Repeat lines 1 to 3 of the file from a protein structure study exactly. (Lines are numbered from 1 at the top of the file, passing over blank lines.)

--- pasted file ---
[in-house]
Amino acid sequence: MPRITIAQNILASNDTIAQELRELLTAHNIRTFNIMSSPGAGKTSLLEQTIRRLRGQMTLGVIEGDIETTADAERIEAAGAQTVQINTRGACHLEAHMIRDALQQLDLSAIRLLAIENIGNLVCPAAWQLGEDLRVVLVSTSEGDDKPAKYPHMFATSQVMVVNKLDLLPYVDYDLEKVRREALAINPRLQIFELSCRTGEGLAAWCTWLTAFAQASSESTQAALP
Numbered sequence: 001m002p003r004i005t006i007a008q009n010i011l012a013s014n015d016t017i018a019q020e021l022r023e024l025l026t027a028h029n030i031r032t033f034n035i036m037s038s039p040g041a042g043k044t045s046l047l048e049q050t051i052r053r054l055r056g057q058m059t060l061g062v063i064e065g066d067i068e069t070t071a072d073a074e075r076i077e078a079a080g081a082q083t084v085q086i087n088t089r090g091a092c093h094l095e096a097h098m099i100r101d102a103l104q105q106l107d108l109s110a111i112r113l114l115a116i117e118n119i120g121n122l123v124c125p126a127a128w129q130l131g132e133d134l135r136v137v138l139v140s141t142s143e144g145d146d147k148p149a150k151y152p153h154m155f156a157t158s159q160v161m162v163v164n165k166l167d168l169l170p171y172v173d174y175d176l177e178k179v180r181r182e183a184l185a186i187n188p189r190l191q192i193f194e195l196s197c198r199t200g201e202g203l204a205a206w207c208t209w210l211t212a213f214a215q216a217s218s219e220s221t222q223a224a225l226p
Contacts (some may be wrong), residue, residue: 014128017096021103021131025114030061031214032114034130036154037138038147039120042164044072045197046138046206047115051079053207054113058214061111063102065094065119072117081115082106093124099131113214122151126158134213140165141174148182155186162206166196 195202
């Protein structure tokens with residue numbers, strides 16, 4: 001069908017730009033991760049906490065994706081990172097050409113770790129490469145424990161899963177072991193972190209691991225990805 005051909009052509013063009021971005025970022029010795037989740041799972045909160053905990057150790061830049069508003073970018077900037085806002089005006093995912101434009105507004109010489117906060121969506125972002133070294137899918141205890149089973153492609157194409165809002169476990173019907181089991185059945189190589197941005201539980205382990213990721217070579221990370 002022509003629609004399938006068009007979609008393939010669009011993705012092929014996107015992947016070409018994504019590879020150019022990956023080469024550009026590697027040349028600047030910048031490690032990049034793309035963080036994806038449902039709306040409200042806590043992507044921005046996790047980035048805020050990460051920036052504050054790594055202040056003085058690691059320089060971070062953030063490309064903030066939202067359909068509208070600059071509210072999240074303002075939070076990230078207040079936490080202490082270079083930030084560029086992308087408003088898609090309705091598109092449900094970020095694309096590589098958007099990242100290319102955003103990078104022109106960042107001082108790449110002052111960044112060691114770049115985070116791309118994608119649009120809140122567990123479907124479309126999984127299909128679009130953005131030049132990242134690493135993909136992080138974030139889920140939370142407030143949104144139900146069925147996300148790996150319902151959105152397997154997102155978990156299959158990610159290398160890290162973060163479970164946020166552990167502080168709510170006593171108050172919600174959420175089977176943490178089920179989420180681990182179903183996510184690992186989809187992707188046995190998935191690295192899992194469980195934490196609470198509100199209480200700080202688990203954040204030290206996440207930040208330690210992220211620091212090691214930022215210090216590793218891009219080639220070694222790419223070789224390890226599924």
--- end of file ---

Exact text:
[in-house]
Amino acid sequence: MPRITIAQNILASNDTIAQELRELLTAHNIRTFNIMSSPGAGKTSLLEQTIRRLRGQMTLGVIEGDIETTADAERIEAAGAQTVQINTRGACHLEAHMIRDALQQLDLSAIRLLAIENIGNLVCPAAWQLGEDLRVVLVSTSEGDDKPAKYPHMFATSQVMVVNKLDLLPYVDYDLEKVRREALAINPRLQIFELSCRTGEGLAAWCTWLTAFAQASSESTQAALP
Numbered sequence: 001m002p003r004i005t006i007a008q009n010i011l012a013s014n015d016t017i018a019q020e021l022r023e024l025l026t027a028h029n030i031r032t033f034n035i036m037s038s039p040g041a042g043k044t045s046l047l048e049q050t051i052r053r054l055r056g057q058m059t060l061g062v063i064e065g066d067i068e069t070t071a072d073a074e075r076i077e078a079a080g081a082q083t084v085q086i087n088t089r090g091a092c093h094l095e096a097h098m099i100r101d102a103l104q105q106l107d108l109s110a111i112r113l114l115a116i117e118n119i120g121n122l123v124c125p126a127a128w129q130l131g132e133d134l135r136v137v138l139v140s141t142s143e144g145d146d147k148p149a150k151y152p153h154m155f156a157t158s159q160v161m162v163v164n165k166l167d168l169l170p171y172v173d174y175d176l177e178k179v180r181r182e183a184l185a186i187n188p189r190l191q192i193f194e195l196s197c198r199t200g201e202g203l204a205a206w207c208t209w210l211t212a213f214a215q216a217s218s219e220s221t222q223a224a225l226p